Marxism and Criminology

A History of Criminal Selectivity

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Winner of the 2017 Choice Outstanding Academic Title Award

In Marxism and Criminology: A History of Criminal Selectivity, Valeria Vegh Weis rehabilitates the contributions and the methodology of Marx and Engels to analyze crime and punishment through the historical development of capitalism (15th Century to the present) in Europe and in the United States. The author puts forward the concepts of over-criminalization and under-criminalization to show that the criminal justice system has always been selective. Criminal injustice, the book argues, has been an inherent element of the founding and reproduction of a capitalist society. At a time when racial profiling, prosecutorial discretion, and mass incarceration continue to defy easy answers, Vegh Weis invites us to revisit Marx and Engels’ contributions to identify socio-economic and historic patterns of crime and punishment in order to foster transformative changes to criminal justice. The book includes a Foreword by Professor Roger Matthews of Kent University, and an Afterword written by Professor Jonathan Simon of the University of California, Berkeley.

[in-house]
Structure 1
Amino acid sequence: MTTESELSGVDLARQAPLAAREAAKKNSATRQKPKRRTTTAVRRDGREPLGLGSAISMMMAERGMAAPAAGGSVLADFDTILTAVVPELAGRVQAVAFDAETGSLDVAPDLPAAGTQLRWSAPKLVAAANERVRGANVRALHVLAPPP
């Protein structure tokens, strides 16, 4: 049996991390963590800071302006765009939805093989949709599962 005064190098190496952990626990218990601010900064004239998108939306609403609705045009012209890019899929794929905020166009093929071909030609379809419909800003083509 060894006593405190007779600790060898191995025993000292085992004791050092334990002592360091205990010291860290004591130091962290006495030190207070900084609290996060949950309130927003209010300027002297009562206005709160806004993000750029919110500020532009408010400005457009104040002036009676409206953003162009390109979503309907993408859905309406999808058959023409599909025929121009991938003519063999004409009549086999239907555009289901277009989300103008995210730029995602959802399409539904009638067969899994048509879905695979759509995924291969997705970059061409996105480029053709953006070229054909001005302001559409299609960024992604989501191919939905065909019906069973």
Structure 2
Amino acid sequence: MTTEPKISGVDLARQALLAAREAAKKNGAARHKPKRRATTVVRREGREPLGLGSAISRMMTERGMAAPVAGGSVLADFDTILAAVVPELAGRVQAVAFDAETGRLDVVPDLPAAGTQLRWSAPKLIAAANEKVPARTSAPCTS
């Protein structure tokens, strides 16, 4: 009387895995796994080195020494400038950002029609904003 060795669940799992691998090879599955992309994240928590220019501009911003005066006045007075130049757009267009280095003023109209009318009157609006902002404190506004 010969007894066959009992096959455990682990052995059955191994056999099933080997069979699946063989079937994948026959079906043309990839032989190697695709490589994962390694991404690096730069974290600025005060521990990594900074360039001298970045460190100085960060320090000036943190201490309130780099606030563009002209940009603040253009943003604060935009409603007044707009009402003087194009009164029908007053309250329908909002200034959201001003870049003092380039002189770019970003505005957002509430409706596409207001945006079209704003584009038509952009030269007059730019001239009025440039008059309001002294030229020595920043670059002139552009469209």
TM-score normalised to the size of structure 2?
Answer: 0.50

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Biographical Note